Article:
ECONOMY

Business and public affairs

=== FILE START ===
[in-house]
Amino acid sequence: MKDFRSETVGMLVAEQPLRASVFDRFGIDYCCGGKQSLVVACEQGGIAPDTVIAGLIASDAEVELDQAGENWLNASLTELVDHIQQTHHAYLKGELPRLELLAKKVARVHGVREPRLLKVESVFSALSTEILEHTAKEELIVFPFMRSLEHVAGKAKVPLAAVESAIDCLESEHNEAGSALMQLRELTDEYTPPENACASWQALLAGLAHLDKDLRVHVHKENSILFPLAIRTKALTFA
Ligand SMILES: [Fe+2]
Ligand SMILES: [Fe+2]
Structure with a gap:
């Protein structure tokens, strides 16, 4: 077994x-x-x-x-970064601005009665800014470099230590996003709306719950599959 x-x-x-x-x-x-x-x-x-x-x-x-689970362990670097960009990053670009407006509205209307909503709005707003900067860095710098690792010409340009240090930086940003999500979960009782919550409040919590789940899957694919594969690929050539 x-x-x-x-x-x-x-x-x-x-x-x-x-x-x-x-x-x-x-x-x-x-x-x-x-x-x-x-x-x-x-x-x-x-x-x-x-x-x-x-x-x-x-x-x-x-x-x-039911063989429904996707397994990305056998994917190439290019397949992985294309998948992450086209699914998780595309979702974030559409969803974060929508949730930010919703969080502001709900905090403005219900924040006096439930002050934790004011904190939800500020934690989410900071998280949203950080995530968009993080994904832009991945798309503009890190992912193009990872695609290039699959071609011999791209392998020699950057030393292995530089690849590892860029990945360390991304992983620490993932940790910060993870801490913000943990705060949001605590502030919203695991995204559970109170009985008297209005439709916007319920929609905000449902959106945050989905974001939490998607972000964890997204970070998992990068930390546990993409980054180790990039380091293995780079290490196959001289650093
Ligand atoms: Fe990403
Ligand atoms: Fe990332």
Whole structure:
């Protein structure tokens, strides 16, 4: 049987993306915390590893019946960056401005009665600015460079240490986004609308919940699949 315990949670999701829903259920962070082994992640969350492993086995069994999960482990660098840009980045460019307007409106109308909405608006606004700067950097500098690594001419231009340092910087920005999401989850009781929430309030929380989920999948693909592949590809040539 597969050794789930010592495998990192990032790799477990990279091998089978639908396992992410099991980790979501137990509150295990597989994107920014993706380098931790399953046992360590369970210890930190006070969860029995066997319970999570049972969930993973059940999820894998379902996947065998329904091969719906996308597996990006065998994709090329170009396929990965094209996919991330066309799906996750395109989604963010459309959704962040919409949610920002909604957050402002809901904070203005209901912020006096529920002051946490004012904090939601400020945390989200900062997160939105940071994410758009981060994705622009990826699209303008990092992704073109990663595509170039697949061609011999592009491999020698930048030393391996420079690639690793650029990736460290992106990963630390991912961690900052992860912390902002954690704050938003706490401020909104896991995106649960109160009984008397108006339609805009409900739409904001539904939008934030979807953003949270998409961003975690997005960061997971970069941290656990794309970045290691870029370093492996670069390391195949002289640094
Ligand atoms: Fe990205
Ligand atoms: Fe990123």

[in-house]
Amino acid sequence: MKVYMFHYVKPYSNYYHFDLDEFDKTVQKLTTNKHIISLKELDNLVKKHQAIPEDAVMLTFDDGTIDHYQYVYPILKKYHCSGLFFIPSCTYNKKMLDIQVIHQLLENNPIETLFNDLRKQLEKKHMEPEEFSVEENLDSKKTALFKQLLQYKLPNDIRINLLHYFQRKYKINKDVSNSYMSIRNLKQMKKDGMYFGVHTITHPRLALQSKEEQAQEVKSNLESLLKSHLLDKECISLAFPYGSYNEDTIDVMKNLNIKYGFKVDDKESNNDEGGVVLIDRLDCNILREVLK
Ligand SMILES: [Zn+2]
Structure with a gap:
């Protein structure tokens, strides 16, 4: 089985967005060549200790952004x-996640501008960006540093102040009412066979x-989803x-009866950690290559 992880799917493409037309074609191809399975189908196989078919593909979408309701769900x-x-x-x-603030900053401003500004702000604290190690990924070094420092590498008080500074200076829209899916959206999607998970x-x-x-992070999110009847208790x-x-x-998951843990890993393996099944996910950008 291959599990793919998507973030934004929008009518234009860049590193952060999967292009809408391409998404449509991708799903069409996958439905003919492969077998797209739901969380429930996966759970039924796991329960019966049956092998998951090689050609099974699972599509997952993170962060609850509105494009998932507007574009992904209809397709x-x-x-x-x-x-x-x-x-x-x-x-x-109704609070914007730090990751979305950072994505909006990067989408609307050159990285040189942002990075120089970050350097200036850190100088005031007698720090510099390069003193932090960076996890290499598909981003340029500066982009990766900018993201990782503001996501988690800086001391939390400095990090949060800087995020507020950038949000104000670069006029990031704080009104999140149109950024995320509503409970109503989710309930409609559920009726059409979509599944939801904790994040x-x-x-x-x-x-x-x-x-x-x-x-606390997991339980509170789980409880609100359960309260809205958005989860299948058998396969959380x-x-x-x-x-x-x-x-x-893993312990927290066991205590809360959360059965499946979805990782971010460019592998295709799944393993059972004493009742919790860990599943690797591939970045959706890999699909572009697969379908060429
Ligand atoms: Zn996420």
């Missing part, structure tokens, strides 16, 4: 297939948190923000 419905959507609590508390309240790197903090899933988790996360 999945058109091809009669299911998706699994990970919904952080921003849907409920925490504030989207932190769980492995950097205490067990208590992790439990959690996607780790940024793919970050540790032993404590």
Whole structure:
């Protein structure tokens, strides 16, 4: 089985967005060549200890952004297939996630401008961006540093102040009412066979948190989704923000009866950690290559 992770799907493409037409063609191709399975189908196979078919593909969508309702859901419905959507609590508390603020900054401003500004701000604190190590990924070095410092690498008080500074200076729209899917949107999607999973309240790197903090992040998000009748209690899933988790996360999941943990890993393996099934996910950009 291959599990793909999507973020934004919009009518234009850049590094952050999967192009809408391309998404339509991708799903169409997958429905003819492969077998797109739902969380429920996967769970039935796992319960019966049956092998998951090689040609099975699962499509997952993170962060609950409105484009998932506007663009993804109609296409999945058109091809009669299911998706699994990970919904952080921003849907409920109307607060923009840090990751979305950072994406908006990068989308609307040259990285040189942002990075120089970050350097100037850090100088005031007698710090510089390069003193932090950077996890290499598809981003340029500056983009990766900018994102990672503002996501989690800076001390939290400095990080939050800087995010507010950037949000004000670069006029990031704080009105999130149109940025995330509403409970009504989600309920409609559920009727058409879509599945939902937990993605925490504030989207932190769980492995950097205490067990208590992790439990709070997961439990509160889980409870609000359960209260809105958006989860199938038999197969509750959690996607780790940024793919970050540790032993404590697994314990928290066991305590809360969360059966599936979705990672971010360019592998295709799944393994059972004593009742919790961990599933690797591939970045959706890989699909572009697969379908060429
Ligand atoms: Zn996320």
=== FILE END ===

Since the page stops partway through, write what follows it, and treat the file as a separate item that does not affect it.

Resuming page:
In a world where rules and regulations abound and governments’ policies can shift from one day to the next, a public affairs specialist could play a significant role in helping companies navigate their way through the labyrinth while making their best case, says Hershell Ezrin, chairman and chief executive officer of international public affairs consultancy GPC International. Ezrin is in an excellent position to know, having spent time in both the public and private domains. A career diplomat in the early part of his career, he served as Canadian consul in New York and Los Angeles. He entered politics in the 1980s, helping to rebuild the Ontario Liberal Party. When the Liberals won the elections, Ezrin was appointed deputy minister to the premier, David Peterson. He oversaw the Liberal Party’s policy and communications strategy and execution during its successful 1985 and 1987 campaigns. Ezrin then moved to the private sector where he landed a job with a Canadian-based diversified multinational that placed him in charge of its corporate and public affairs division. He was subsequently appointed chief executive of a publicly traded multinational automotive services company. Ezrin, who came to Greece last week as part of a delegation that accompanied Canadian Prime Minister Jean Chretien on an official visit to Greece, says public affairs consultants have gained increasing relevance as the world becomes more interconnected. With their expertise and experience, public affairs consultants serve as facilitators and at times even act as a bridge between a government or a company and the public, he points out. «Because of our expertise, we understand the content of business and government organizations. And we are able to do much more than just introduce people to each other and hope they will work something out. We can tell a company what the government’s agenda is,» he explains. For companies trying to make head or tail of the rules and regulations coming out of Brussels or attempting to penetrate one of the national markets, a public affairs consultant provides invaluable help. «We can explain to our clients what the national rules are and the context in which government decisions are made. But more importantly, our expertise can sometimes influence the debate and discussion on how the rules are developed,» says Ezrin. He says public affairs consultants can help companies improve their corporate governance, an issue very much in the spotlight now due to the recent spate of corporate and accounting scandals, with Enron and WorldCom the most notorious cases. «GPC discovered some very interesting findings on how the public want to be protected. We took the information to governments and corporations and explained the findings. As a result, some companies have put in place appropriate measures to protect the public interest. We have done audits for other firms, helping them to understand their potential vulnerabilities and to take corrective action,» he says. GPC has played a similar advisory role for the city of Toronto, which has been hit hard by the SARS virus. «We’re advising Toronto on how to deal with the issue and how to communicate the actual situation on the ground through the integrated use of our tools,» says Ezrin. GPC, which teamed up with Greek communications company Civitas earlier this year, plans to strengthen its presence in the Greek market before launching into the Balkans, he says. «Greece is new territory. As it grows and develops, we want to be on the ground to help educate the general market about how public affairs can be an effective tool for them,» he says. The next step is the Balkans, in particular the 10 countries aiming for EU membership in 2004. «These countries will need lots of infrastructure support to help them rise up to the EU standard. We can help companies participate in the process and the countries to put their best case forward for EU funds because we know how the system works,» says Ezrin.